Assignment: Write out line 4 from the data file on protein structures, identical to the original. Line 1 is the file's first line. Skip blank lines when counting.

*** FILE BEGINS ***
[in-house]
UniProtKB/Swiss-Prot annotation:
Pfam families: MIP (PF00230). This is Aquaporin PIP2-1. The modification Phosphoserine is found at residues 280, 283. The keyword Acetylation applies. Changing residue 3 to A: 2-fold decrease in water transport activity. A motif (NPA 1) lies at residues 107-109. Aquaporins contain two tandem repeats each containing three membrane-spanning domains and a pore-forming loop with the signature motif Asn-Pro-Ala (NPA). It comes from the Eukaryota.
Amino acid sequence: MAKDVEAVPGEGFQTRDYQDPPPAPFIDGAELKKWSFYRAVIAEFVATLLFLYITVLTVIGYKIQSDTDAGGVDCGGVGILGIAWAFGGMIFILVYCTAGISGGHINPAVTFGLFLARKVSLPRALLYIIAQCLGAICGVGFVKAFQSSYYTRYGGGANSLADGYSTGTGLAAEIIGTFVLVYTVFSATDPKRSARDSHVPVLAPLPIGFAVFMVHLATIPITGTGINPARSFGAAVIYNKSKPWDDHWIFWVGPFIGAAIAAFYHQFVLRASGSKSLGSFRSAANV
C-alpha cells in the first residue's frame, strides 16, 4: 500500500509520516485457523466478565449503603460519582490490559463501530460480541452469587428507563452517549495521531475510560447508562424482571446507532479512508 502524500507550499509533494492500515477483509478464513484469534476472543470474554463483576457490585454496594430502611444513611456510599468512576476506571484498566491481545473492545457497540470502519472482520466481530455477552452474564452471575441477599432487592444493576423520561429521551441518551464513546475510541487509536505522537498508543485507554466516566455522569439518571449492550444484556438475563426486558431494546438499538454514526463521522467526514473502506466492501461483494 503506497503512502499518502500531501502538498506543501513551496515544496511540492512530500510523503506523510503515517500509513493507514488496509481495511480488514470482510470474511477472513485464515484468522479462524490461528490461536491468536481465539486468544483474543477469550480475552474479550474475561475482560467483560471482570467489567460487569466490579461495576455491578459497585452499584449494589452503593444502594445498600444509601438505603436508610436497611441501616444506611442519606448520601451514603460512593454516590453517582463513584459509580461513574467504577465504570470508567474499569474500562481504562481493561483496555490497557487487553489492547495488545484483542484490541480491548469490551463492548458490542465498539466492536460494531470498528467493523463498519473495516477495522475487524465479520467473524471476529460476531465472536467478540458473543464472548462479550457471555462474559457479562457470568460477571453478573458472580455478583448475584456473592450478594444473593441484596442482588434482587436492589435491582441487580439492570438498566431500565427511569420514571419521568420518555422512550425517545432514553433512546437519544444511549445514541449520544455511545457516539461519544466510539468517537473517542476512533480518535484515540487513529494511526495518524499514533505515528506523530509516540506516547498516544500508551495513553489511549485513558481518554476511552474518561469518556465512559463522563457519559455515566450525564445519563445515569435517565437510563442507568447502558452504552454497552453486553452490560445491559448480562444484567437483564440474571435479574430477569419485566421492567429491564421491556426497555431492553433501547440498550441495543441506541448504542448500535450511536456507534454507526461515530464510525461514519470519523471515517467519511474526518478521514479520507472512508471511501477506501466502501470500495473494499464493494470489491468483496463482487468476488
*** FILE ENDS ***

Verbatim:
Amino acid sequence: MAKDVEAVPGEGFQTRDYQDPPPAPFIDGAELKKWSFYRAVIAEFVATLLFLYITVLTVIGYKIQSDTDAGGVDCGGVGILGIAWAFGGMIFILVYCTAGISGGHINPAVTFGLFLARKVSLPRALLYIIAQCLGAICGVGFVKAFQSSYYTRYGGGANSLADGYSTGTGLAAEIIGTFVLVYTVFSATDPKRSARDSHVPVLAPLPIGFAVFMVHLATIPITGTGINPARSFGAAVIYNKSKPWDDHWIFWVGPFIGAAIAAFYHQFVLRASGSKSLGSFRSAANV